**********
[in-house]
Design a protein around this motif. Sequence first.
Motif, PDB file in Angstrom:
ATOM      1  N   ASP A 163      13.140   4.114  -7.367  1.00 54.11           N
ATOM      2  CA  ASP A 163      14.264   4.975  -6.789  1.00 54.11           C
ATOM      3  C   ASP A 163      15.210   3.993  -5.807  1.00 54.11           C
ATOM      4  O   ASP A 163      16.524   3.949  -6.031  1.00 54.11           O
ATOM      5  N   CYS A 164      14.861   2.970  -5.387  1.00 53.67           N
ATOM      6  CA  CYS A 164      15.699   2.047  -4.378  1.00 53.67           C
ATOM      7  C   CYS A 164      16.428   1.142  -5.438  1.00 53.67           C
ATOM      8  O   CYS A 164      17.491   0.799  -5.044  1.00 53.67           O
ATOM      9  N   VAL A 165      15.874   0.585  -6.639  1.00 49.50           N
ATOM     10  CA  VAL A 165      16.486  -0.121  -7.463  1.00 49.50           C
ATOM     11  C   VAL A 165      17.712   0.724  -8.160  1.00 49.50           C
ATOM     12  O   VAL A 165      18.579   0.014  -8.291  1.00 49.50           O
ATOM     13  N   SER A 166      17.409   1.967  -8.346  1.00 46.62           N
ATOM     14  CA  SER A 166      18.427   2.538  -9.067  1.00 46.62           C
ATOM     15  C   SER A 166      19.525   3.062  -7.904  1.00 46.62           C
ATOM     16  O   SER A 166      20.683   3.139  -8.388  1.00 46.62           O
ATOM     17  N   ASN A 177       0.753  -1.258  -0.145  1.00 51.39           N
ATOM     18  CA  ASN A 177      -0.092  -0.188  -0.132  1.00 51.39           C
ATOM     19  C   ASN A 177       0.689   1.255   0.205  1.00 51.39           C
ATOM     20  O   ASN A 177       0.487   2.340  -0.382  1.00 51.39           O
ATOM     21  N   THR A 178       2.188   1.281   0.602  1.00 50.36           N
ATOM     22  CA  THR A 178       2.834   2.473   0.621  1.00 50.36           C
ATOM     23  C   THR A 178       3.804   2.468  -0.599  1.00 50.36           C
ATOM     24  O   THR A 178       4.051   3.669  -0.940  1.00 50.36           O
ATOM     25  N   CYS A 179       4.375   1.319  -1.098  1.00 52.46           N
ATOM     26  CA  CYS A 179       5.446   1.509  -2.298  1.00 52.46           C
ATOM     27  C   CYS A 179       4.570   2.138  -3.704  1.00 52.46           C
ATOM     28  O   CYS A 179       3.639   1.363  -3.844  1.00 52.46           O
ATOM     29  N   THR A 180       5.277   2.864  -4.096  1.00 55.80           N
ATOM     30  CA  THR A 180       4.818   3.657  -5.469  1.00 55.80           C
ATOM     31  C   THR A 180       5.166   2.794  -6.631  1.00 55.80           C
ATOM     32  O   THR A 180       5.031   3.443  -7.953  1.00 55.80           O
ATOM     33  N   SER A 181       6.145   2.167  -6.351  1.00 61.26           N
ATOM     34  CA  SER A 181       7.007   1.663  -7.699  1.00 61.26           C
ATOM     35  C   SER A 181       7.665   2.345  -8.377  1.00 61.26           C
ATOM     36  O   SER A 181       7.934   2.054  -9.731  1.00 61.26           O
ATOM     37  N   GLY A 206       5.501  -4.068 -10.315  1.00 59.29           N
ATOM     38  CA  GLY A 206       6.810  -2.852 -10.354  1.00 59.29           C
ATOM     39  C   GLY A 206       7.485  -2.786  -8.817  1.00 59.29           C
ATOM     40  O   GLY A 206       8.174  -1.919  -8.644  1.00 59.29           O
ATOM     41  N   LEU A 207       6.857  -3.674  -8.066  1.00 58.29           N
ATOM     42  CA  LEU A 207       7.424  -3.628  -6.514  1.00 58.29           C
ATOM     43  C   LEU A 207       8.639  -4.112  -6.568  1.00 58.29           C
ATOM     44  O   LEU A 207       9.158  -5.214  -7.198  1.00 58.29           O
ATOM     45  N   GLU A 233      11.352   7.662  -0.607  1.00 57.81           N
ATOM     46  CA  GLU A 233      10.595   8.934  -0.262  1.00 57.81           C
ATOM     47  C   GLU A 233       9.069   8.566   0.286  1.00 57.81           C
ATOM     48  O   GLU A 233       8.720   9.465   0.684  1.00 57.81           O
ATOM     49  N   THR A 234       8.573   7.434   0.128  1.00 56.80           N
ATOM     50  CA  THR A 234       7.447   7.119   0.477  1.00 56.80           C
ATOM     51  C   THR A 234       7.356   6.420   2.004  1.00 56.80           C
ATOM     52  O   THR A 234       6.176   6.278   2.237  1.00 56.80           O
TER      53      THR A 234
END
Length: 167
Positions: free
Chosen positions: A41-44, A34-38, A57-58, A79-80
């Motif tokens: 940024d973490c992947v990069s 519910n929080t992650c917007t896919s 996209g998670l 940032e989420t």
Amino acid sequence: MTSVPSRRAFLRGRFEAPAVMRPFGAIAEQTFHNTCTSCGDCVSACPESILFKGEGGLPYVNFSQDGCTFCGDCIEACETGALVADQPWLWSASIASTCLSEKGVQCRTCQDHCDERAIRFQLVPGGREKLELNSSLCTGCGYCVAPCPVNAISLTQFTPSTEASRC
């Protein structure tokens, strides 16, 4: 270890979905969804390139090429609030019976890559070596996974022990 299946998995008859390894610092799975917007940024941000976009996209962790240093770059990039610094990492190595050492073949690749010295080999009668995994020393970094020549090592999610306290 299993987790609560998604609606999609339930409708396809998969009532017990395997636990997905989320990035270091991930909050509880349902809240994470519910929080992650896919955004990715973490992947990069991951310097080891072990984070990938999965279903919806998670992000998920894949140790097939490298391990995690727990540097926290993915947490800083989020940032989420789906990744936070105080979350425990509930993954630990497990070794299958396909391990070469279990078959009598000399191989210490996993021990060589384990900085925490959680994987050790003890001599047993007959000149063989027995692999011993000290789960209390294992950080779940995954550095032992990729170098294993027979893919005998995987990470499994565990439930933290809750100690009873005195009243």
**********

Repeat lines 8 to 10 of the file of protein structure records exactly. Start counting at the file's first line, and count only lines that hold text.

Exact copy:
ATOM      5  N   CYS A 164      14.861   2.970  -5.387  1.00 53.67           N
ATOM      6  CA  CYS A 164      15.699   2.047  -4.378  1.00 53.67           C
ATOM      7  C   CYS A 164      16.428   1.142  -5.438  1.00 53.67           C